It’s been a Haskell programming rule of mine for a long time that explicit recursion is an admission of failure. First, linear recursions have already been captured in one of the Prelude (or Data.List) functions. Second, recursions or iterations over a data structure are almost always either `fmap` or one of the Data.Foldable functions. Third, the list monad (and list comprehensions) capture a common recursion pattern, one found especially in path-finding, alpha-beta AI, and other try-every-path problem spaces.

If you’re recursing, and lists are involved, the recursion pattern has already been captured in a Prelude or Data.List function. `map`, the `fold*`s, the `scan*`s, `filter`, `find`, `unfoldr` and `group(By)` cover, I think, every loop I’ve ever written in an imperative language.

The dynamic “scripting” languages like Perl and Python have had `foreach` loops for years, to cover the most common case of looping over every element of an array. Java 1.6 and C# have this too. That’s a handy bit of syntactic sugar, but it is only a weak replacement for map, and doesn’t help at all for any of the others.

Programmers new to FP, including me when I was learning Haskell, often find it hard to think in terms of folds and maps. So go ahead, write the explicitly recursive version. But when you’re done, replace it with the appropriate library function. In time, you won’t need to write it down any more and will think of what you *would* write, recognize it as one of these higher-order functions, and write that down instead. Eventually, you’ll think in the folds and maps directly.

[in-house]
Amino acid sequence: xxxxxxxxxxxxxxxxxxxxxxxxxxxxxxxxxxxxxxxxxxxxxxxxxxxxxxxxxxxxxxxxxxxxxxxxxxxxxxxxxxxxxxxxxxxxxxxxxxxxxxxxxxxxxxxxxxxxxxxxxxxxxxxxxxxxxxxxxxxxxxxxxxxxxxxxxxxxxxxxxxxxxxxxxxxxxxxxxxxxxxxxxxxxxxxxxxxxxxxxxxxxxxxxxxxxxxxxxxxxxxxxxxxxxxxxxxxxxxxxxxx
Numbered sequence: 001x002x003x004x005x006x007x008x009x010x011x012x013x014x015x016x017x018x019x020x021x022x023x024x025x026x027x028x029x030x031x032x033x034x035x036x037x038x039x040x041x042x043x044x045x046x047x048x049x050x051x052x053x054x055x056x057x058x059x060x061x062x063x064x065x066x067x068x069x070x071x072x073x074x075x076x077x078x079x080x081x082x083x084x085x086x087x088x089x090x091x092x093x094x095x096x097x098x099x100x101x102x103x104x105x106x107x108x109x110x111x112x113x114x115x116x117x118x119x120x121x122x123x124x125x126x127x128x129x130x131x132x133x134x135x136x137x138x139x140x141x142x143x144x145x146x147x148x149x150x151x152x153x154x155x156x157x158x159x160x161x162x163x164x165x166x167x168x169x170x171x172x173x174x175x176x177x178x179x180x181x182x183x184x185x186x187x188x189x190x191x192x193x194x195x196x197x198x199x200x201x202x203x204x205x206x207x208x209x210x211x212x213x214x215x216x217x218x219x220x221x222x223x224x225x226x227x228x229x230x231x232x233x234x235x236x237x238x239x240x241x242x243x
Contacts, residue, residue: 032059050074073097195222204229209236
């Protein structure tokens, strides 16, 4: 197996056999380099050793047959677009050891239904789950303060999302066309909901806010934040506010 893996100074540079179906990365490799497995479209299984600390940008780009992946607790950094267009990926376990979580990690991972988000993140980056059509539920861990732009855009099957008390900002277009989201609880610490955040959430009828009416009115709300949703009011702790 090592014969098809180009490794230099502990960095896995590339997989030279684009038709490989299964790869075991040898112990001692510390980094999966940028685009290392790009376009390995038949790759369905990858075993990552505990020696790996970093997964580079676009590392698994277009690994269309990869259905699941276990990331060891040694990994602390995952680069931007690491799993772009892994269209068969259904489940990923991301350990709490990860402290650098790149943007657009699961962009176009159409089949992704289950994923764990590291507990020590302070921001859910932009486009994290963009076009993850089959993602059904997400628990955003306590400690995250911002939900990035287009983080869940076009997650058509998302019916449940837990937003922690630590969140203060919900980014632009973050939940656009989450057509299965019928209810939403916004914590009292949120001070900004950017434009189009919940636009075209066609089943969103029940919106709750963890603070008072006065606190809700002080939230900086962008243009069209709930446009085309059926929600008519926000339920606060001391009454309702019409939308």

What about when you’re not working on lists? Take another common structure, trees. Or any other data structure, really. Consider this binary tree implementation:

data Tree a = Empty | Node a (Tree a) (Tree a)

It’s fairly obvious that we could map a function over the tree. This common pattern is represented by the typeclass `Functor`. `Functor`s represent “things which can be mapped over”, or containers to whose contents we might like to apply a function. Note that any `Monad` is also a `Functor`, though Haskell 98 does not enforce this. Some existing, handy `Functor`s: `Maybe`, lists, functions `((->) a)`, tuples `(a,)`, `Either a`, `Map k`.

The `Functor` typeclass contains a single function, `fmap :: (Functor f) => (a -> b) -> f a -> f b`. It turns an ordinary function into one “inside the functor”. For our tree:

instance Functor Tree where fmap _ Empty = Empty fmap f (Node x l r) = Node (f x) (fmap f l) (fmap f r)

It’s similar in spirit to `map` over lists, and in fact `fmap = map` for lists.

Writing the instance for the `Functor` or `Foldable` type classes, which you only do once, has huge maintenance and conciseness advantages over writing the explicit recursion in even two places. That would be true of a `treeMap` function for a tree that isn’t a `Functor`. The advantage of the typeclasses is that they provide a standard interface common to many libraries.

Finally, many seemingly complex recursion patterns, especially in the path-finding and alpha-beta AI spaces can be written in a list comprehension, or (if you prefer) in list monad do-notation.